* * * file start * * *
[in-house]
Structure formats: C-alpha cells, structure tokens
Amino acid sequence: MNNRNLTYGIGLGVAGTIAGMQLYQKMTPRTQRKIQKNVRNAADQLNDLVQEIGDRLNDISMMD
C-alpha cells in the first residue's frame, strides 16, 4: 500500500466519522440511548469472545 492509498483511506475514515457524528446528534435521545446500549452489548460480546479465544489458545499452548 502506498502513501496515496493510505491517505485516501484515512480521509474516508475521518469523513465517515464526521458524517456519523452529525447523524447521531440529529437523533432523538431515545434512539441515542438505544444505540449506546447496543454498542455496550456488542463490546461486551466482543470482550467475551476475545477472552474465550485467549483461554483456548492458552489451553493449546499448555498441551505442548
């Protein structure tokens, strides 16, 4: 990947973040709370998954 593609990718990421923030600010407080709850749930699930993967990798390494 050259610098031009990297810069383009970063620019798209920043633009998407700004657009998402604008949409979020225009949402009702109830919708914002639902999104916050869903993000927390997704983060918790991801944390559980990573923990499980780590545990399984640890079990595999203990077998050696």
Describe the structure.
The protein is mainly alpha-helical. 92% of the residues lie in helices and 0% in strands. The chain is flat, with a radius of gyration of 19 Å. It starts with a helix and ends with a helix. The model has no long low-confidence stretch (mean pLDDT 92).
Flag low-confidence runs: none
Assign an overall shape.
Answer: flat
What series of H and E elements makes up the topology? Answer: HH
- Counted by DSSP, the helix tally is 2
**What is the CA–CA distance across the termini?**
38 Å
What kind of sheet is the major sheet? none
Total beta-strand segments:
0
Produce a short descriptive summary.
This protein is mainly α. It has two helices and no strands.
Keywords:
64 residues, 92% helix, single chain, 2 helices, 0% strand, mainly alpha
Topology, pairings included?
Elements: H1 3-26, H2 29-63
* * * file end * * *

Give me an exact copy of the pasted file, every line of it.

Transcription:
[in-house]
Structure formats: C-alpha cells, structure tokens
Amino acid sequence: MNNRNLTYGIGLGVAGTIAGMQLYQKMTPRTQRKIQKNVRNAADQLNDLVQEIGDRLNDISMMD
C-alpha cells in the first residue's frame, strides 16, 4: 500500500466519522440511548469472545 492509498483511506475514515457524528446528534435521545446500549452489548460480546479465544489458545499452548 502506498502513501496515496493510505491517505485516501484515512480521509474516508475521518469523513465517515464526521458524517456519523452529525447523524447521531440529529437523533432523538431515545434512539441515542438505544444505540449506546447496543454498542455496550456488542463490546461486551466482543470482550467475551476475545477472552474465550485467549483461554483456548492458552489451553493449546499448555498441551505442548
């Protein structure tokens, strides 16, 4: 990947973040709370998954 593609990718990421923030600010407080709850749930699930993967990798390494 050259610098031009990297810069383009970063620019798209920043633009998407700004657009998402604008949409979020225009949402009702109830919708914002639902999104916050869903993000927390997704983060918790991801944390559980990573923990499980780590545990399984640890079990595999203990077998050696």
Describe the structure.
The protein is mainly alpha-helical. 92% of the residues lie in helices and 0% in strands. The chain is flat, with a radius of gyration of 19 Å. It starts with a helix and ends with a helix. The model has no long low-confidence stretch (mean pLDDT 92).
Flag low-confidence runs: none
Assign an overall shape.
Answer: flat
What series of H and E elements makes up the topology? Answer: HH
- Counted by DSSP, the helix tally is 2
**What is the CA–CA distance across the termini?**
38 Å
What kind of sheet is the major sheet? none
Total beta-strand segments:
0
Produce a short descriptive summary.
This protein is mainly α. It has two helices and no strands.
Keywords:
64 residues, 92% helix, single chain, 2 helices, 0% strand, mainly alpha
Topology, pairings included?
Elements: H1 3-26, H2 29-63